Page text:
On the issue of retroactive child support, Wife averred that she contributed to providing for the children during the separation period and trial for the divorce; yet, she was not seeing her sons. Husband pointed out that the guidelines for child support state a child support award is effective as of the date of separation unless there is a reason to deviate. The appellate court agreed with Husband's argument and found no reason to deviate from the guidelines. The trial court's decision was affirmed on this issue.

In determining Wife's final argument that the trial court erred in holding her responsible for one-half of the mortgage of the martial home in the event of foreclosure while awarding Husband said home, the appellate court found the trial court's opinion to be ambiguous. Father argued the divorce left him in financial ruin; Mother argued the trial court's opinion was inconsistent as it awarded Husband the home and the mortgage, but allowed that debt to come back on her in the event of a foreclosure. From the record the appellate court found that Husband had hidden assets during the divorce trial, finding he had approximately $200,000 in martial assets of which some were gambled away. The appellate court reversed the trial court's decision, stating Wife should be held harmless from any foreclosure debt on the marital home.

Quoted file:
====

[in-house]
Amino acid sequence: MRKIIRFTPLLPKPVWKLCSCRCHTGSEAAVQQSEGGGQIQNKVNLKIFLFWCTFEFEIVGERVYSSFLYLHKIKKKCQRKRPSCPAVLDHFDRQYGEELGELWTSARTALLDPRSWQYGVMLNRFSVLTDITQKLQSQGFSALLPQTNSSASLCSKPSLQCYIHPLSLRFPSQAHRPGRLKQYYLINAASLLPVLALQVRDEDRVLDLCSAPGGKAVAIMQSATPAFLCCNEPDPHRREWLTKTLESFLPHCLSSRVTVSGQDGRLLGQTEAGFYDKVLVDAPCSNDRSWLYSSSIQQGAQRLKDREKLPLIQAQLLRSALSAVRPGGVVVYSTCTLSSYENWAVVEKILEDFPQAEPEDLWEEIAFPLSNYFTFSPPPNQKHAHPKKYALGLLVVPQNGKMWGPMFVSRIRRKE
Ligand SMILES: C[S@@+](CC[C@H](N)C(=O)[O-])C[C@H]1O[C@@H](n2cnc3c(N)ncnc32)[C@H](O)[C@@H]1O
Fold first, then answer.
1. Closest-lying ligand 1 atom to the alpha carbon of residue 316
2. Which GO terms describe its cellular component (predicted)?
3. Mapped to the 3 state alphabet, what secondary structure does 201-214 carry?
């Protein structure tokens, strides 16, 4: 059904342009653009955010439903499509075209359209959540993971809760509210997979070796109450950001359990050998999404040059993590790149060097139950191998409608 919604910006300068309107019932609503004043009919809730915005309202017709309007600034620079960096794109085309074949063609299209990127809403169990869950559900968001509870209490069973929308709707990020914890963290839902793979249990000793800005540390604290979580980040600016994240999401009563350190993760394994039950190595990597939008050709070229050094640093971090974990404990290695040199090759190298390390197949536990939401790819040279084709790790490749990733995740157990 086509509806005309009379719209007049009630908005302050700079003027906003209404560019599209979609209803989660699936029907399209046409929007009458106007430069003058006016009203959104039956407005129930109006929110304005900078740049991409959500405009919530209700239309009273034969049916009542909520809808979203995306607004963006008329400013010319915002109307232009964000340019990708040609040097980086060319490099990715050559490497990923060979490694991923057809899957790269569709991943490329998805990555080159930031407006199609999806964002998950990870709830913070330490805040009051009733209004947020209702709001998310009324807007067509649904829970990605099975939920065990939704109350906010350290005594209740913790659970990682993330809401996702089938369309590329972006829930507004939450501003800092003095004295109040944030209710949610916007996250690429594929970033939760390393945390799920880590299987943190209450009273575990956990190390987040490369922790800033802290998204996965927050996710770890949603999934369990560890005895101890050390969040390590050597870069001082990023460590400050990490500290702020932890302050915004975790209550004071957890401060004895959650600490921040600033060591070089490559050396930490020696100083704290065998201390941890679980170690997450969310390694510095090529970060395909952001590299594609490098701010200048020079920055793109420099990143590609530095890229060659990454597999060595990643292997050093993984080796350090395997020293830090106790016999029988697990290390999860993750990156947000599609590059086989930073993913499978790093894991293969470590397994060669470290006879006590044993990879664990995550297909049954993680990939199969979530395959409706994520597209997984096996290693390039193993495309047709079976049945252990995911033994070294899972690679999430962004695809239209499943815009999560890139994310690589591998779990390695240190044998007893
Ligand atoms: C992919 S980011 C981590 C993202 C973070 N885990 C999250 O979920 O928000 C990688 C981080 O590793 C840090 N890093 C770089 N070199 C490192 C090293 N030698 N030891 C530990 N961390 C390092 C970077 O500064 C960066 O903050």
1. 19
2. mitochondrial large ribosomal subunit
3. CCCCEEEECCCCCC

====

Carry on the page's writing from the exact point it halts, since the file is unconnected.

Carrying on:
Inequitable Property Division in Divorce Remedied by Motion to Alter/Amend